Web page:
On youth, King said the theme of the 2019 ECOSOC Youth Forum will be ‘Empowered, Included, Equal,’ in alignment with the theme of this year’s ECOSOC and HLPF. King described the ECOSOC Youth Forum as one of the most successful innovations for bringing youth to the UN, and expressed determination to open ECOSOC meetings to more young people, to ensure their participation is not limited to the Youth Forum. Espinosa said that ‘Youth, Peace and Security’ is one of the strategic priorities for her Presidency, and that she will address her strategy on the topic during an Interactive Dialogue at the ECOSOC Youth Forum.

On decent work, Espinosa noted that she will convene a high-level event on the future of work in collaboration with the International Labour Organization (ILO) and ECOSOC, on 10 April 2019. The event will mark the ILO’s centennial, and facilitate a global conversation around the report on the future of work. Espinosa said the outcome should make a contribution to the HLPF’s review of SDG 8 (decent work and economic growth).

On other matters, Espinosa announced that she will “shortly” appoint co-facilitators on modalities for the commemoration of the 75th anniversary of the UN, which will occur in 2020. King said she has begun implementing decisions on strengthening ECOSOC, as outlined in UNGA resolution 72/305.

Taking the floor after the Presidents’ remarks, some countries called for linking the alignment process with broader UN reform processes. Some said the UNGA and ECOSOC have distinct but complementary roles, and that while overlaps should be eliminated, coordination between them should be enhanced. Croatia called for revisiting the work that has already been made on synergies and coherence, as this issue has been “thoroughly examined” in the past three years. Kenya remarked that the 2030 Agenda is the main “omnibus” agenda.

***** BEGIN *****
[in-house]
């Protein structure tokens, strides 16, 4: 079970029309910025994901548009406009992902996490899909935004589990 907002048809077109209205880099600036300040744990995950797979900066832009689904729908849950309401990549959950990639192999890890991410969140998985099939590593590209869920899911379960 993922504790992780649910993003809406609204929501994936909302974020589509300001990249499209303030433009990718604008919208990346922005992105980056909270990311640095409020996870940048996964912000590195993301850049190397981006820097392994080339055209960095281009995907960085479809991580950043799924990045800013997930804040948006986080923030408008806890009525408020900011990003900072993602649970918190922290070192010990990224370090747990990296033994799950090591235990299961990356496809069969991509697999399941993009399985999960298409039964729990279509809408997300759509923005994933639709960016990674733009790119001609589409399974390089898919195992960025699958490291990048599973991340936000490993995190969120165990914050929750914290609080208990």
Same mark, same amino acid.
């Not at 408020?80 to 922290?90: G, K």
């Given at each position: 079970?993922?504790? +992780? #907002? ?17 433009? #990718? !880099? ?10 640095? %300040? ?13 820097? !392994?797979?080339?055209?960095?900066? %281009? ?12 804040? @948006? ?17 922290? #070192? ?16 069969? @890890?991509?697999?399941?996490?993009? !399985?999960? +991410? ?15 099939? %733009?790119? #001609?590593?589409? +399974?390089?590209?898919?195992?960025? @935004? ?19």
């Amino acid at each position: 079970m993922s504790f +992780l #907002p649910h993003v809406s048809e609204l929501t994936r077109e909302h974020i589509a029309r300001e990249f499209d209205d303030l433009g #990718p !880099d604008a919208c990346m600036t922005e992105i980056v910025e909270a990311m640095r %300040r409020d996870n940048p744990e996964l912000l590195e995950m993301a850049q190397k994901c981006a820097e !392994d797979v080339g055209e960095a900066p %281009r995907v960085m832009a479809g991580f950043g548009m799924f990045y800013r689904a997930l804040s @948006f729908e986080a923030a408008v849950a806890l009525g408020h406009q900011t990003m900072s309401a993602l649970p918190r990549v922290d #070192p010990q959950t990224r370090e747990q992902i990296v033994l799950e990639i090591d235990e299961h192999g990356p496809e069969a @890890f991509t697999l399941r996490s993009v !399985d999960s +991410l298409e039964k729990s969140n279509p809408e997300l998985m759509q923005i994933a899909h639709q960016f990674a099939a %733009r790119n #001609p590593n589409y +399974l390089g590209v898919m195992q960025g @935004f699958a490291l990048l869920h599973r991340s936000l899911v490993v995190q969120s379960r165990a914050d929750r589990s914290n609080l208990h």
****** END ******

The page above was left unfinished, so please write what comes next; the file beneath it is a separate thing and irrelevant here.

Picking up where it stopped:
On UNGA’s work specifically, some called for: eliminating duplication between Committees’ agendas, in particular the Second (Economic and Financial) and Third (Social, Humanitarian and Cultural) Committees; eliminating references to outdated documents; and “bi- and triennializing” some agenda items. Participants also cautioned against reopening negotiated resolutions and agreed texts when considering new proposals. The EU called for transforming the Second Committee into a forum for meaningful discussions on achieving the SDGs. Liechtenstein said the UNGA President could convene with the chairs of the UNGA Main Committees to outline ways to contribute to SDG implementation.

Palestine, for the Group of 77 and China (G-77/China), asked to give equal attention to all SDG targets, to address the critical “gaps and targets” in the agendas of UNGA and ECOSOC, and to be careful when addressing overlaps, so as to avoid eliminating substantive items. Trinidad and Tobago noted that the high number of intergovernmental meetings under ECOSOC and the UNGA limits the ability of small island developing States (SIDS) to participate. The US called for a better allocation of scarce resources system-wide, and for reducing the time spent on negotiating resolutions that are outdated, that are characterized by limited changes or that have little effect. She also called for one negotiated outcome from ECOSOC’s 2019 FfD Forum and the UNGA’s high-level dialogue on FfD, and for UNGA and ECOSOC meetings to be more inclusive of stakeholders and more innovative.

On the HLPF, Japan said it is time to renew political will to achieve the 2030 Agenda. Belize, for the Alliance of Small Island States (AOSIS), called for more time to be allocated to the SIDS agenda in the HLPF, considering that a high-level review of progress on the SAMOA Pathway is underway, with the mid-term review meeting convening in September 2019. Palestine, for the G-77/China, called for the VNR presentations to be more efficient and to give sufficient time to each country’s presentation. Thailand, for the Association of Southeast Asian Nations (ASEAN), said the VNRs should be more effective and should focus on practical cases. Switzerland called for the 2019 meetings of the HLPF to make a strong case for strengthening reliable data, adding that the 2019 Global Sustainable Development Report (GSDR) to be issued in “the coming months” will be an essential document and a main input in this regard. Sierra Leone warned against holding too many side events during the HLPF in September, to ensure that high-level delegations focus on “issues at hand.”

Colombia, which noted its election as chair of the 13th session of the UN Peacebuilding Commission (PBC), underlined the importance of ensuring synergies between the different bodies of the UN system, and between peace and the other SDGs. [UNGA President’s Remarks] [Meeting Summary] [Meeting Webcast] [Letter Announcing Joint Briefing] [SDG Knowledge Hub Sources]